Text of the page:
On the other hand, I think re-insurnace is not as clear. Larry has stated & correctly so that yields historically have provided equity like returns. From the chart below we can see this was the case in the early 2010s.

https://insurancelinked.com/primary-market-pricing/

However as the decade wore on this risk premium shrank as more money not only entered the market but established mechanisms to quickly absorb excess demand (high pricing) after a series of cat events. After last years bad cat year, prices did not firms up as expected as the these new mechanisms took hold. So what does this mean in terms of risk premium. The premium over bonds has decline from almost 5.5% over LIBOR in 2012 (at the 0.5% loss level (about equal to a A bond loss level)) to 2.3% over LIBOR in 2018. This is lower premium is reflected in last years decline in SRRIX in addition to this year's returns of about 3% YTD.

The one overarching competitor to these alternatives is the ultimate alternative, bonds. Now you can buy intermediate investment grade corporate bonds for a yield of 4%. So IMO the real question is do you want what appears to be alternative returns that are not that much higher than IG corp bonds with risk that they may not work out as well (i.e., if we have a cat year like 2017 next year you will probably incur a loss)?

Packer
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Re: Larry Swedroe: Prepare For The Bear

Post by marcopolo » Wed Oct 17, 2018 8:49 am

packer16 wrote:
Wed Oct 17, 2018 8:40 am
... for alternative lending where the returns are pretty well known by the yields on these loans & the current returns of 5 to 6% from LENDX. This IMO appears to be a good alternative bet today.
In the context of preparing for a bear market, and likely a recession to go with it, is there data on how these type of alternative lending funds performed during 2008/2009, or other recessions? The 5 to 6% yield is nice, but not if the default rate spikes. I am not sure where to find the data, but I have a hunch the default rates increased when a lot people started losing their jobs?
Once in a while you get shown the light, in the strangest of places if you look at it right.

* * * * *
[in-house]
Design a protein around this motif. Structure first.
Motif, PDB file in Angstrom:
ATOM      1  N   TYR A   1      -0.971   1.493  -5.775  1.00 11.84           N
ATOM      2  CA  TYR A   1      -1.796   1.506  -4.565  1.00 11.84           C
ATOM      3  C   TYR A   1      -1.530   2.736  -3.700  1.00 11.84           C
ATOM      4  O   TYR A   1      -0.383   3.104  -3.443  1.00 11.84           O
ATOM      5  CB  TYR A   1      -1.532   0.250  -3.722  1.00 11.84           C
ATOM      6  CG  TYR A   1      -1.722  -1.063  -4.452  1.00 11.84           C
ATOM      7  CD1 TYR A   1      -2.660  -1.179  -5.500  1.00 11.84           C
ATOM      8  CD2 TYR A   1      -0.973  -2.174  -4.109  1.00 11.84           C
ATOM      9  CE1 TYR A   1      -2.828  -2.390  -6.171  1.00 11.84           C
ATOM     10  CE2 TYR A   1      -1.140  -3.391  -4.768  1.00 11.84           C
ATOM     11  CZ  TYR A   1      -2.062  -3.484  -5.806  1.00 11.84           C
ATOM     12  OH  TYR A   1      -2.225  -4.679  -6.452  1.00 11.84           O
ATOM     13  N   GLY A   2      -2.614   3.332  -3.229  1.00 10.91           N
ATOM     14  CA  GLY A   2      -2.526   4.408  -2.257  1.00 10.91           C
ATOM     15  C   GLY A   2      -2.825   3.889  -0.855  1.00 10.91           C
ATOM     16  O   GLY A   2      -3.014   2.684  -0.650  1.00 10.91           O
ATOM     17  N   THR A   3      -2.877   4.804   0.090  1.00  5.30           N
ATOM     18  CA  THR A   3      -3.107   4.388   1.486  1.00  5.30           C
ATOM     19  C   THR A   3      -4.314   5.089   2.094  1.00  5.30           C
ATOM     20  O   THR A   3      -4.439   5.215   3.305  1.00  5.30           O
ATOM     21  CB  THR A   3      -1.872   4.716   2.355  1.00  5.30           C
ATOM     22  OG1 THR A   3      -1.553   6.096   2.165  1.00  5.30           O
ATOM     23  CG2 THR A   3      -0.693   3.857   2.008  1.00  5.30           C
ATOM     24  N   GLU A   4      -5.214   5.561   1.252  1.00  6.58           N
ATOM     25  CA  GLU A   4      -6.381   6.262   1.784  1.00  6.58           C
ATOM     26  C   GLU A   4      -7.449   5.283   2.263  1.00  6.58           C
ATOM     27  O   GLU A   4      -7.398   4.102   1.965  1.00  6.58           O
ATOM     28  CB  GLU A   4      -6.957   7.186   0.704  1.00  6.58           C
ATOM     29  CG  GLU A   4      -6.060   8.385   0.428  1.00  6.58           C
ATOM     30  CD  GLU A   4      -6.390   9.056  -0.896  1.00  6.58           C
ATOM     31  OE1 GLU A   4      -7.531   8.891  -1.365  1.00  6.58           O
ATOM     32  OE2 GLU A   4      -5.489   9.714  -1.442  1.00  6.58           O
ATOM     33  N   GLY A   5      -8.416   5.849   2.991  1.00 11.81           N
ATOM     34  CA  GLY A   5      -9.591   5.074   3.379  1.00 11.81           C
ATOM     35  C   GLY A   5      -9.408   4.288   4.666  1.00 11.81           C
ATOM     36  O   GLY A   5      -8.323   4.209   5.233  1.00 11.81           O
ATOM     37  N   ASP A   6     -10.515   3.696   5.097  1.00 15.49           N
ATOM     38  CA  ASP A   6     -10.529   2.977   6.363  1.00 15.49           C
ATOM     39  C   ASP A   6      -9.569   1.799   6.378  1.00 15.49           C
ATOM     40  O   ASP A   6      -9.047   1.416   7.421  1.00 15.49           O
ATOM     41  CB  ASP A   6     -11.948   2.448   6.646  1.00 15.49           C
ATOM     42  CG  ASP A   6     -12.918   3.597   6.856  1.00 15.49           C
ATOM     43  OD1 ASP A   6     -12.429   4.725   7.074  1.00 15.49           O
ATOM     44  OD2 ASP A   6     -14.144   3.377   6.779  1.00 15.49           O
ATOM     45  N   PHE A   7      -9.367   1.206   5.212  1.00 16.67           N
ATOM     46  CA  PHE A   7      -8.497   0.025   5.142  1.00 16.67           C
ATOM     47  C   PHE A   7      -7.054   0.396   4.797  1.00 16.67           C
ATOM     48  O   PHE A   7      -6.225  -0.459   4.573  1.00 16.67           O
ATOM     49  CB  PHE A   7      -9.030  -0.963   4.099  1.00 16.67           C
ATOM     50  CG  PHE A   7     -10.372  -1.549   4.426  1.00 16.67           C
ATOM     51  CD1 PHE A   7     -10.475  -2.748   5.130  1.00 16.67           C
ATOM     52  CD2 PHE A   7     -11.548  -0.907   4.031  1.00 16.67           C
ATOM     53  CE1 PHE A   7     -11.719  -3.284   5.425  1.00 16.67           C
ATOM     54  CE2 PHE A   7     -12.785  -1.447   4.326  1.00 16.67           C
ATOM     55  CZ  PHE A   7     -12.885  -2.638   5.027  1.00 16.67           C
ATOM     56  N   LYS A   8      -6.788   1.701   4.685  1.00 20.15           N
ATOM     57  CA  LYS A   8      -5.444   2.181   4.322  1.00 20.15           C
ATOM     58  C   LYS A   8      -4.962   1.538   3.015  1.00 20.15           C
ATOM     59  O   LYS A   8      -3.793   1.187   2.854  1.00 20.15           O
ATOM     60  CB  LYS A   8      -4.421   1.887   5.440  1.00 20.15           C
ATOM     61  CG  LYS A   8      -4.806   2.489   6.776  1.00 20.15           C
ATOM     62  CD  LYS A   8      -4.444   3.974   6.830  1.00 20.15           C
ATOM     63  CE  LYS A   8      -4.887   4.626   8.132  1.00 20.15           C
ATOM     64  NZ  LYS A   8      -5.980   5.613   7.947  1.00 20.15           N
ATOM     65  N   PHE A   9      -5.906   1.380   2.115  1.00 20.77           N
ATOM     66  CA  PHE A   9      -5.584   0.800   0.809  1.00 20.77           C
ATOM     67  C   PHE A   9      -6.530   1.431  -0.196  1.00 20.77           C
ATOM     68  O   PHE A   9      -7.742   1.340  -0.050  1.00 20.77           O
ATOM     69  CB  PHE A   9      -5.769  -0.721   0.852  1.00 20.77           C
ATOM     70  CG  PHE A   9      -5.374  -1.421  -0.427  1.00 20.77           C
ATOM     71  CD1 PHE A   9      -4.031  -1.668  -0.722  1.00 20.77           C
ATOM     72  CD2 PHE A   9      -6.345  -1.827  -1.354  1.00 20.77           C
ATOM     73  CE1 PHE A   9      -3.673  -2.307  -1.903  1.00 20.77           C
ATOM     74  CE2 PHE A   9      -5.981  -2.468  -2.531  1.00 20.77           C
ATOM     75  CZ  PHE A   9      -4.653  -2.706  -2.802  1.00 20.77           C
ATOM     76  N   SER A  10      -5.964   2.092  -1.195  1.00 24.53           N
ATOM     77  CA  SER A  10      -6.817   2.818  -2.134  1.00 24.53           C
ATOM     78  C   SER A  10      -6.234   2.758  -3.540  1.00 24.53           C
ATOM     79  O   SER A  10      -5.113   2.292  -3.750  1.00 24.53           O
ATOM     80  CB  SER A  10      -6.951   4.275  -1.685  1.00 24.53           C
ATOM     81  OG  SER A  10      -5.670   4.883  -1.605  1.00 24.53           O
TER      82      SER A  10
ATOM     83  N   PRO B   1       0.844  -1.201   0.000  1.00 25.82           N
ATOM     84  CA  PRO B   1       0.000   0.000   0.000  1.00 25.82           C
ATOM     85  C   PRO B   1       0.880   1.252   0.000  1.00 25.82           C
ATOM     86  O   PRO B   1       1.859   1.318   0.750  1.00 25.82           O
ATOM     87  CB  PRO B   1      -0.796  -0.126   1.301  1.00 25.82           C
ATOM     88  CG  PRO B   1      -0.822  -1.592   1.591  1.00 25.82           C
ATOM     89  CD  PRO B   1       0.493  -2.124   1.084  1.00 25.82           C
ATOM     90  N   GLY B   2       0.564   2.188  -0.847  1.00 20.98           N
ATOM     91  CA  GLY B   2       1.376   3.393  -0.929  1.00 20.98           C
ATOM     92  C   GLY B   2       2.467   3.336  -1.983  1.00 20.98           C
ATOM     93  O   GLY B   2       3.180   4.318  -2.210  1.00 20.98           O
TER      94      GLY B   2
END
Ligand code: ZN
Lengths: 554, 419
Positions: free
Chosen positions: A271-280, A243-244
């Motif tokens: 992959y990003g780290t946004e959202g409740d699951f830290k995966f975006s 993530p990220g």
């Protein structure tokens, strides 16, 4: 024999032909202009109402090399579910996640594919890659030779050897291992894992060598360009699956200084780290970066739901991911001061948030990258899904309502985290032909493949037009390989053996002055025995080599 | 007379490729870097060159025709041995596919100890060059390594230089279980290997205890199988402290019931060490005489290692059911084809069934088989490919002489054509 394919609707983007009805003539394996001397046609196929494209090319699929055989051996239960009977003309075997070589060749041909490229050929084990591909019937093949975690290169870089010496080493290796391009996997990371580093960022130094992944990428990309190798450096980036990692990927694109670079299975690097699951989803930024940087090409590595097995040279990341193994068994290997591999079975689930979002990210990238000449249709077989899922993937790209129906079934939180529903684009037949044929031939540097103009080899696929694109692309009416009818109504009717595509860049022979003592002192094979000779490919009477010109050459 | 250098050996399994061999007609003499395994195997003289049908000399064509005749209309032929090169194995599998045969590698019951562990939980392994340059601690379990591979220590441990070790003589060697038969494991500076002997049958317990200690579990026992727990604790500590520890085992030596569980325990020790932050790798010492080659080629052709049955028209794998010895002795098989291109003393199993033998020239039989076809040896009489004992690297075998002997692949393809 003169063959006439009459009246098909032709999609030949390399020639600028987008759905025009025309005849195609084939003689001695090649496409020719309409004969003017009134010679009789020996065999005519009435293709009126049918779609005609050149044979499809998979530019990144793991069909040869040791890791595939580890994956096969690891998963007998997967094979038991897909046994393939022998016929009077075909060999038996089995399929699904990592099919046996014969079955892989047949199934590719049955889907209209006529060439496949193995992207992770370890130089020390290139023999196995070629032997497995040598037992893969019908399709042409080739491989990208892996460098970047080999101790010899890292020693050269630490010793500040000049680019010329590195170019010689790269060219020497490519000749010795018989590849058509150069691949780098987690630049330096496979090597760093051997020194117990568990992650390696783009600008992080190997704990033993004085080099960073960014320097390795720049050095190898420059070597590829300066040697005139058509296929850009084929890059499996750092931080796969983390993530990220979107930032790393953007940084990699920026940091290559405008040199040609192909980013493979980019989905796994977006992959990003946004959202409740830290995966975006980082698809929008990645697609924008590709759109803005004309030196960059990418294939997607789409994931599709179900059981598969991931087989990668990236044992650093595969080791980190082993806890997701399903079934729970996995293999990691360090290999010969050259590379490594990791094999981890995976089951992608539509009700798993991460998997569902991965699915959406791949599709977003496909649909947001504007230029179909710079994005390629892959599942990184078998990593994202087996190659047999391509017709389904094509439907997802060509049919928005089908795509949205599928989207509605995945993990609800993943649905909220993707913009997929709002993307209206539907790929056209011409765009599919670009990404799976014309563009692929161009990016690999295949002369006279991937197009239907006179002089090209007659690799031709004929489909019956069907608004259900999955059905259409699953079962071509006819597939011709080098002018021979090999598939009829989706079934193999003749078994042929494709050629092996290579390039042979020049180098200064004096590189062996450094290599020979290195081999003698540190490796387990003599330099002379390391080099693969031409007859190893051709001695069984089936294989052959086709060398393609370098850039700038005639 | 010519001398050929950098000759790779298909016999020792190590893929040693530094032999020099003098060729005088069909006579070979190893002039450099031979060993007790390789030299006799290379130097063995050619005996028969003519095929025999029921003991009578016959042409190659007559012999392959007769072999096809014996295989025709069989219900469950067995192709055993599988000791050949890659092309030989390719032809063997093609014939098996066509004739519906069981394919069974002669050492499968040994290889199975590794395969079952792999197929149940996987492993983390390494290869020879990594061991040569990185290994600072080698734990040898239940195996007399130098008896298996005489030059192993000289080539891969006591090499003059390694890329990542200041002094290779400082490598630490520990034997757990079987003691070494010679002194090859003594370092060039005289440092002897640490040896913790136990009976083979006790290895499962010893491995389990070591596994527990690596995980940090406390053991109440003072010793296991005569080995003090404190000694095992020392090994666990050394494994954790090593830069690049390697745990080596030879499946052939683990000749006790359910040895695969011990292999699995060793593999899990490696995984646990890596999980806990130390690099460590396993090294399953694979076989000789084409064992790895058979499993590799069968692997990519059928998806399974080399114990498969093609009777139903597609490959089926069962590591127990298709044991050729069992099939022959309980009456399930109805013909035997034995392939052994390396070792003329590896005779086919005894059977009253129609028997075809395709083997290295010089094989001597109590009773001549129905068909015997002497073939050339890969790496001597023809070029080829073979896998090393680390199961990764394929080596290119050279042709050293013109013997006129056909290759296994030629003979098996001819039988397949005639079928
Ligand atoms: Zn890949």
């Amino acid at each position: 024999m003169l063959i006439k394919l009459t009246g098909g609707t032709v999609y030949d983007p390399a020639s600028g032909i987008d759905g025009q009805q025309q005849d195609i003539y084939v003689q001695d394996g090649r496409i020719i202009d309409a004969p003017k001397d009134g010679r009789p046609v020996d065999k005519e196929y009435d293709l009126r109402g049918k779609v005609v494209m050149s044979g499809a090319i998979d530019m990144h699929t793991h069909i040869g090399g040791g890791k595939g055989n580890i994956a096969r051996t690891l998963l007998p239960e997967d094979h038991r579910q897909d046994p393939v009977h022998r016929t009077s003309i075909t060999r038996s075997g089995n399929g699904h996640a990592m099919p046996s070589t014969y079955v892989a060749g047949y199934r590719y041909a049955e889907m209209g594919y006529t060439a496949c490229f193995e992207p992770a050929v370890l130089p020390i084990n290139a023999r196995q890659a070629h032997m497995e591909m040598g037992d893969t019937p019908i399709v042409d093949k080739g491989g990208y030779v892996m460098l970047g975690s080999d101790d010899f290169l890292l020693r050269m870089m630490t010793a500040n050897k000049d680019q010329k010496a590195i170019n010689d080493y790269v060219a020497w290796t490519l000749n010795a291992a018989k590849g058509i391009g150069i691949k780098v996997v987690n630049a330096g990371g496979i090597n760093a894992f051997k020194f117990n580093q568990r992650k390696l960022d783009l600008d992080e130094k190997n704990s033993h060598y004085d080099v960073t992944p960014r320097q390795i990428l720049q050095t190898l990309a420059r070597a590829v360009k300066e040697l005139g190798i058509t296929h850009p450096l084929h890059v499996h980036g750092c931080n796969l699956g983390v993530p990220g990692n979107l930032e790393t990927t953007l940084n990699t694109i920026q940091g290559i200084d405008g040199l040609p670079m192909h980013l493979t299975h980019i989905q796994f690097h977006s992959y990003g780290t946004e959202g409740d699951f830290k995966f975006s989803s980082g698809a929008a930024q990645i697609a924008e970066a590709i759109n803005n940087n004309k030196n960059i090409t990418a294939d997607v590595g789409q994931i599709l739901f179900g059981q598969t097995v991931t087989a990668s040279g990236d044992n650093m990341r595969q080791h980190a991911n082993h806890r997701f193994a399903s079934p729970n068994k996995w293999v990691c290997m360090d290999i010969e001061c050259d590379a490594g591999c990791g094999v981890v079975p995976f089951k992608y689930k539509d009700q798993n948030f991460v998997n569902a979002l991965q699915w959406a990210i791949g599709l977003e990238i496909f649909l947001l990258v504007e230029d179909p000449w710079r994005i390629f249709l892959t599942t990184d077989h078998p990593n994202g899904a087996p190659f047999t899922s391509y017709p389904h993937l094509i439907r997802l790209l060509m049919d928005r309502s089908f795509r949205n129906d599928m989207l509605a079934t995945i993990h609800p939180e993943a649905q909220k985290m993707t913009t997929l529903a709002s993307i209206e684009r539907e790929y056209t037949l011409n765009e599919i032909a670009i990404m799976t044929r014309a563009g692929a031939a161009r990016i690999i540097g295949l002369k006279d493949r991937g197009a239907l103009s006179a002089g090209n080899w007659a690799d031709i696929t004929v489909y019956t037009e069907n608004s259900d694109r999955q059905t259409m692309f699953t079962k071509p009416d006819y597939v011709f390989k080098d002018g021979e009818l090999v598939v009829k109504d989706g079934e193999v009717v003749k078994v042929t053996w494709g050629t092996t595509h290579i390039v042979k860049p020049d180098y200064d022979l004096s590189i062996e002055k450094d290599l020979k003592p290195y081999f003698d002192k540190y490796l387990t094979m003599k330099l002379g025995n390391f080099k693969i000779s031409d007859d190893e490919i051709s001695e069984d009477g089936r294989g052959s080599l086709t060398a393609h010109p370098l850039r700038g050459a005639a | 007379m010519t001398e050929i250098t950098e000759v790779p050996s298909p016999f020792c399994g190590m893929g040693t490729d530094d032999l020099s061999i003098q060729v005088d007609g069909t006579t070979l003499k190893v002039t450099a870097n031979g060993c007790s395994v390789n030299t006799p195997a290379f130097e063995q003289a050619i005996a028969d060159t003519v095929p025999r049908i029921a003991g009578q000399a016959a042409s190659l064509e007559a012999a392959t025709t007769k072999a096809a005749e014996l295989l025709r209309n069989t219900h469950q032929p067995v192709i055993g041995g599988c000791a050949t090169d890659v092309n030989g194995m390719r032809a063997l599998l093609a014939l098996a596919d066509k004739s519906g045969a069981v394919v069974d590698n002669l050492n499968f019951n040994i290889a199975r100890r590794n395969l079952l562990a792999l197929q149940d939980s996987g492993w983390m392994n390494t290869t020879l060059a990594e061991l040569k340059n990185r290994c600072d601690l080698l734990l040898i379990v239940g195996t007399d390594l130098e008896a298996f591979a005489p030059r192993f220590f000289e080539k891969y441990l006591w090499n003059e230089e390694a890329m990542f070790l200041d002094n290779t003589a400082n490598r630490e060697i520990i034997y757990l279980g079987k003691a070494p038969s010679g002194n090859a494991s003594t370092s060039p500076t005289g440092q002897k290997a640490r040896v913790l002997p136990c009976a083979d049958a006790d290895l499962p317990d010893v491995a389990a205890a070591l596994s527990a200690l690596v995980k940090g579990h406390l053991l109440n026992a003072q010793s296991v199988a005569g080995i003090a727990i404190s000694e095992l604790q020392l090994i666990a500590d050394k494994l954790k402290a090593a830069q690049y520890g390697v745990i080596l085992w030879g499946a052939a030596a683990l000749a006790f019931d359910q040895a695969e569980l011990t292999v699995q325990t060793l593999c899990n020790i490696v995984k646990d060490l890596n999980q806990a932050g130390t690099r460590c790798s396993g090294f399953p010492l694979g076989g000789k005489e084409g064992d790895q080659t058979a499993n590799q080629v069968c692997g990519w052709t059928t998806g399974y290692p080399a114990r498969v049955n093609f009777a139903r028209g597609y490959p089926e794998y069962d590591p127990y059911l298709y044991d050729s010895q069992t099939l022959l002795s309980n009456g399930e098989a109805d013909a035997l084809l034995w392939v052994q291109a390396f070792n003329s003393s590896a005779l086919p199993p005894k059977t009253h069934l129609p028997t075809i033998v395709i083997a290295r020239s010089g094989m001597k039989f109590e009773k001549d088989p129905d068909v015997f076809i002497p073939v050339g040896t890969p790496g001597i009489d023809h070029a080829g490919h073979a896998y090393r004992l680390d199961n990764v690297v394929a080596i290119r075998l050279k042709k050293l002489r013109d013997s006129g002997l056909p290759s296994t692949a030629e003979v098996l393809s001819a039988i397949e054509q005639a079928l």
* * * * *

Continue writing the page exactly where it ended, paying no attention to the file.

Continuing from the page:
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Re: Larry Swedroe: Prepare For The Bear

Post by packer16 » Wed Oct 17, 2018 8:58 am

You are correct about a spike & I do not how these will perform in a credit tightening event, we don't have the data. The one thing about a spike is the loans are amoritizing so you have a pretty good idea of when defaults are happening & the visibility into loss rates is pretty robust (i.e. the data is good to track this info) & presumably the loan selection criteria can be adjusted to reduce the probability of loss. So you have these unknowns as a factor to determine if the 1 to 1.5% premium over IG bonds is favorable enough to invest. IMO this may be a favorable tradeoff when you include the diversification benefit & low probability of principle loss versus re-insurance or stocks.

Packer
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Re: Larry Swedroe: Prepare For The Bear

Post by Random Walker » Wed Oct 17, 2018 9:19 am

Ari wrote:
Wed Oct 17, 2018 12:36 am
As assets grow, the need to take risk decreases, but the ability increases. So it's a wash, really. Just up to your personal preference (willingness). To me, the "need" part always seemed strange to count as part of "risk tolerance". The fact that I need to take risks doesn't mean my tolerance is higher.

So to me, the higher the bull market goes, the higher my risk tolerance.
Of course every individual is different. But on average, I don’t think this describes most individuals. Behavioral finance has shown that the pain of a loss is twice as much as the happiness derived from an equal sized gain. And I believe that 2:1 ratio increases steeply as one’s net worth increases. So I think for most people it’s not a wash. All of us should do the mind experiment of imagining how our life would change if our portfolios were doubled or if they were cut in half. I think that’s a worthwhile exercise for determining one’s AA.

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Re: Larry Swedroe: Prepare For The Bear

Post by larryswedroe » Wed Oct 17, 2018 9:42 am

Few thoughts to be helpful
First, re consumer loans during 2008, which was highest UE in post Depression era, saw losses about double from defaults. So with leverage we estimate fund would have lost about 6-7% or so. Have to remember that even at 10% employment since these are prime only loans they are made to people who are less likely to be unemployed (more stable income gets you higher credit rating). Now compare that to 60% drawdown in stock market. Also note the fund has almost no inflation risk and while it will likely be up about 6% for the year,despite rate increases, intermediate bond funds are down several percent. Note even in 2008 credit cards made banks money. And for small business loans, direct business lending index was down about 7% in 2008 (Clliffwater).

Second, re CAT bonds. what's missing from the analysis by Packer is that CAT bond liquidity dramatically increased for a few reasons, including demand, and better quality collateral, and that increased liquidity drove down the premium (plus increased demand). At same time all premiums had fallen, both ERP and bond yields. So have to consider relative returns. I would add CAT bonds are very small holding for SRRIX which holds risk mostly in quota shares which are much more diversified and don't give away the liquidity premium lost in liquid CAT bonds. Yes expected returns in reinsurance are now lower than they were a decade ago, but relative to US equity expected returns IMO they are very similar, if not higher, and with about half the volatility, much less tail risk, and no correlation, and certainly higher expected returns than bonds without any inflation risk.